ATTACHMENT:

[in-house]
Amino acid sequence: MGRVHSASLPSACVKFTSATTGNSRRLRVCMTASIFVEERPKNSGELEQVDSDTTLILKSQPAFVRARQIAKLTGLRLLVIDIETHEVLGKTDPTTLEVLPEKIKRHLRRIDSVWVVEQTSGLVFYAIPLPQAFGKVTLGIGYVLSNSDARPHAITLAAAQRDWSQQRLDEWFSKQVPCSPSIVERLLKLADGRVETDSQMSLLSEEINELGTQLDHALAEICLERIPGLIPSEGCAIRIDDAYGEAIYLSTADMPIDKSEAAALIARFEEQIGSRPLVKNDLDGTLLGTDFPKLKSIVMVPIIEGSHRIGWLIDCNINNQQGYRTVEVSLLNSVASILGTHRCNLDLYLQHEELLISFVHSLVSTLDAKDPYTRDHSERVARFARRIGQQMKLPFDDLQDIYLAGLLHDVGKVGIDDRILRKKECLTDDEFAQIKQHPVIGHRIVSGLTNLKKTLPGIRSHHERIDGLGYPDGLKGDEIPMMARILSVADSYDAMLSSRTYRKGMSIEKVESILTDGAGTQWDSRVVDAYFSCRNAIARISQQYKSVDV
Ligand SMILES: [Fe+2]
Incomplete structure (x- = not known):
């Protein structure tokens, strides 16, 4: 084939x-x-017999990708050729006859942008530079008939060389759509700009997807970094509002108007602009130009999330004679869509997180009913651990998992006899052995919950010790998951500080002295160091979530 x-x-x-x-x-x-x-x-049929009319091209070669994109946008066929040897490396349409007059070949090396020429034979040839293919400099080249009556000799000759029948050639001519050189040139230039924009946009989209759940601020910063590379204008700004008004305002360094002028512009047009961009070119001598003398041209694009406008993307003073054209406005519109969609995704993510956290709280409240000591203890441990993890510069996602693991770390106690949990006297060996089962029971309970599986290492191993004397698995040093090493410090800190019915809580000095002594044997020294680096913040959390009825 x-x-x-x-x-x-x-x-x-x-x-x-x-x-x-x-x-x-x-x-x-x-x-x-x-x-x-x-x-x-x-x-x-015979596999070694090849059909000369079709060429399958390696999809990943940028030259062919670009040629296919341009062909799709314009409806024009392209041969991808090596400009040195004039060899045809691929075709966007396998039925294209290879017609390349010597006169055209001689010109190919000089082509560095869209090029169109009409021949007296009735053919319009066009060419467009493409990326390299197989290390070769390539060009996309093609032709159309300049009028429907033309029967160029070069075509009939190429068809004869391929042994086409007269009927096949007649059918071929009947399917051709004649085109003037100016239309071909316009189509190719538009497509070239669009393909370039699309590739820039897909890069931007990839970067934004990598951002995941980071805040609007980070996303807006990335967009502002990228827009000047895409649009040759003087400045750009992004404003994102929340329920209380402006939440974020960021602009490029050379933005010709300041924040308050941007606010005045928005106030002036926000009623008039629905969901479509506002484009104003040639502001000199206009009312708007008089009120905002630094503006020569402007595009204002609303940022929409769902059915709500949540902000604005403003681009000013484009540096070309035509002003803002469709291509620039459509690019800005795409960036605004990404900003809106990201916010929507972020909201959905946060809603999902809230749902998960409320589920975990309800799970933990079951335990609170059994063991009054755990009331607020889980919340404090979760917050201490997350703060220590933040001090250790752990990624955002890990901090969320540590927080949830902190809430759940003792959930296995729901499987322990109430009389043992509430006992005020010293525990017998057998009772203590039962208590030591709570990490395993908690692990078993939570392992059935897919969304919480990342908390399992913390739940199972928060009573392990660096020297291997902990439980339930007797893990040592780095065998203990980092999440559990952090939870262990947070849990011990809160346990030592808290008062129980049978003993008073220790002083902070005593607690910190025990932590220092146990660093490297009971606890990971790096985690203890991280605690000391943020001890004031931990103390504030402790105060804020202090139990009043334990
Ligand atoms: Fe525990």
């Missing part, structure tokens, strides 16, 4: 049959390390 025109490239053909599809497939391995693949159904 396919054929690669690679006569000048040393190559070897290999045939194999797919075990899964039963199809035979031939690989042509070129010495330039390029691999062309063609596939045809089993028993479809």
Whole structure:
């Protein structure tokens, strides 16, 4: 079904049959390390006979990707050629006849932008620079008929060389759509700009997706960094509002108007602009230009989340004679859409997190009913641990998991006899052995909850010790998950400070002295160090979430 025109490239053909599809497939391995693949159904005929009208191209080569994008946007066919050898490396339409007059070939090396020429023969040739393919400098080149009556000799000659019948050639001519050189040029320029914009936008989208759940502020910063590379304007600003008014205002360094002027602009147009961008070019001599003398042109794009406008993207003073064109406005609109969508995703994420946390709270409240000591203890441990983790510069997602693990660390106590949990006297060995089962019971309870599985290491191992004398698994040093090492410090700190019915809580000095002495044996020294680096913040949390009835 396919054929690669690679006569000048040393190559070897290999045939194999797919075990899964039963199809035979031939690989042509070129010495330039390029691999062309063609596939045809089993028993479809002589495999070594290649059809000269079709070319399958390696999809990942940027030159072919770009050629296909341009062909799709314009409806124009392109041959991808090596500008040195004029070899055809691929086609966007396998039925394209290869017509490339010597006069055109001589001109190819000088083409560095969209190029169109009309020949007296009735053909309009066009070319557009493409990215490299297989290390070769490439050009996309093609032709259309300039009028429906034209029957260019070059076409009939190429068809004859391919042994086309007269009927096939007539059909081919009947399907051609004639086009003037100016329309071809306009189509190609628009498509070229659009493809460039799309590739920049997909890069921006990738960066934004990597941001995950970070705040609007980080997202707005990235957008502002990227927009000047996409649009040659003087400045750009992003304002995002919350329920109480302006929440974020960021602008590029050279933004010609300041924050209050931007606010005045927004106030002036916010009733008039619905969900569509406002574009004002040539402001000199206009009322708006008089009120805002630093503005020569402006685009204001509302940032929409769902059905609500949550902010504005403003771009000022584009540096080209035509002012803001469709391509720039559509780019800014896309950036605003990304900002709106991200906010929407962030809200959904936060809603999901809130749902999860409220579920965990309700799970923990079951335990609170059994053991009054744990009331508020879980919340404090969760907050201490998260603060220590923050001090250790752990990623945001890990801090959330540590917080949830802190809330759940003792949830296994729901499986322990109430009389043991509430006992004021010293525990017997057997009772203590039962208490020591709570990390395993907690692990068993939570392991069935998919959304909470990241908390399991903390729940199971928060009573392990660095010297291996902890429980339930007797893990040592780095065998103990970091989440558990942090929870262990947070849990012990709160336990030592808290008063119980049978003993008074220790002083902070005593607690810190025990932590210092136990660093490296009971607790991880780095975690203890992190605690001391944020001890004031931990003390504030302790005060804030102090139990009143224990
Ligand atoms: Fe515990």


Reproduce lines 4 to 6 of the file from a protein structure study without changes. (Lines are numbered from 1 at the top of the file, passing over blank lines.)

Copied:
Incomplete structure (x- = not known):
């Protein structure tokens, strides 16, 4: 084939x-x-017999990708050729006859942008530079008939060389759509700009997807970094509002108007602009130009999330004679869509997180009913651990998992006899052995919950010790998951500080002295160091979530 x-x-x-x-x-x-x-x-049929009319091209070669994109946008066929040897490396349409007059070949090396020429034979040839293919400099080249009556000799000759029948050639001519050189040139230039924009946009989209759940601020910063590379204008700004008004305002360094002028512009047009961009070119001598003398041209694009406008993307003073054209406005519109969609995704993510956290709280409240000591203890441990993890510069996602693991770390106690949990006297060996089962029971309970599986290492191993004397698995040093090493410090800190019915809580000095002594044997020294680096913040959390009825 x-x-x-x-x-x-x-x-x-x-x-x-x-x-x-x-x-x-x-x-x-x-x-x-x-x-x-x-x-x-x-x-x-015979596999070694090849059909000369079709060429399958390696999809990943940028030259062919670009040629296919341009062909799709314009409806024009392209041969991808090596400009040195004039060899045809691929075709966007396998039925294209290879017609390349010597006169055209001689010109190919000089082509560095869209090029169109009409021949007296009735053919319009066009060419467009493409990326390299197989290390070769390539060009996309093609032709159309300049009028429907033309029967160029070069075509009939190429068809004869391929042994086409007269009927096949007649059918071929009947399917051709004649085109003037100016239309071909316009189509190719538009497509070239669009393909370039699309590739820039897909890069931007990839970067934004990598951002995941980071805040609007980070996303807006990335967009502002990228827009000047895409649009040759003087400045750009992004404003994102929340329920209380402006939440974020960021602009490029050379933005010709300041924040308050941007606010005045928005106030002036926000009623008039629905969901479509506002484009104003040639502001000199206009009312708007008089009120905002630094503006020569402007595009204002609303940022929409769902059915709500949540902000604005403003681009000013484009540096070309035509002003803002469709291509620039459509690019800005795409960036605004990404900003809106990201916010929507972020909201959905946060809603999902809230749902998960409320589920975990309800799970933990079951335990609170059994063991009054755990009331607020889980919340404090979760917050201490997350703060220590933040001090250790752990990624955002890990901090969320540590927080949830902190809430759940003792959930296995729901499987322990109430009389043992509430006992005020010293525990017998057998009772203590039962208590030591709570990490395993908690692990078993939570392992059935897919969304919480990342908390399992913390739940199972928060009573392990660096020297291997902990439980339930007797893990040592780095065998203990980092999440559990952090939870262990947070849990011990809160346990030592808290008062129980049978003993008073220790002083902070005593607690910190025990932590220092146990660093490297009971606890990971790096985690203890991280605690000391943020001890004031931990103390504030402790105060804020202090139990009043334990
Ligand atoms: Fe525990």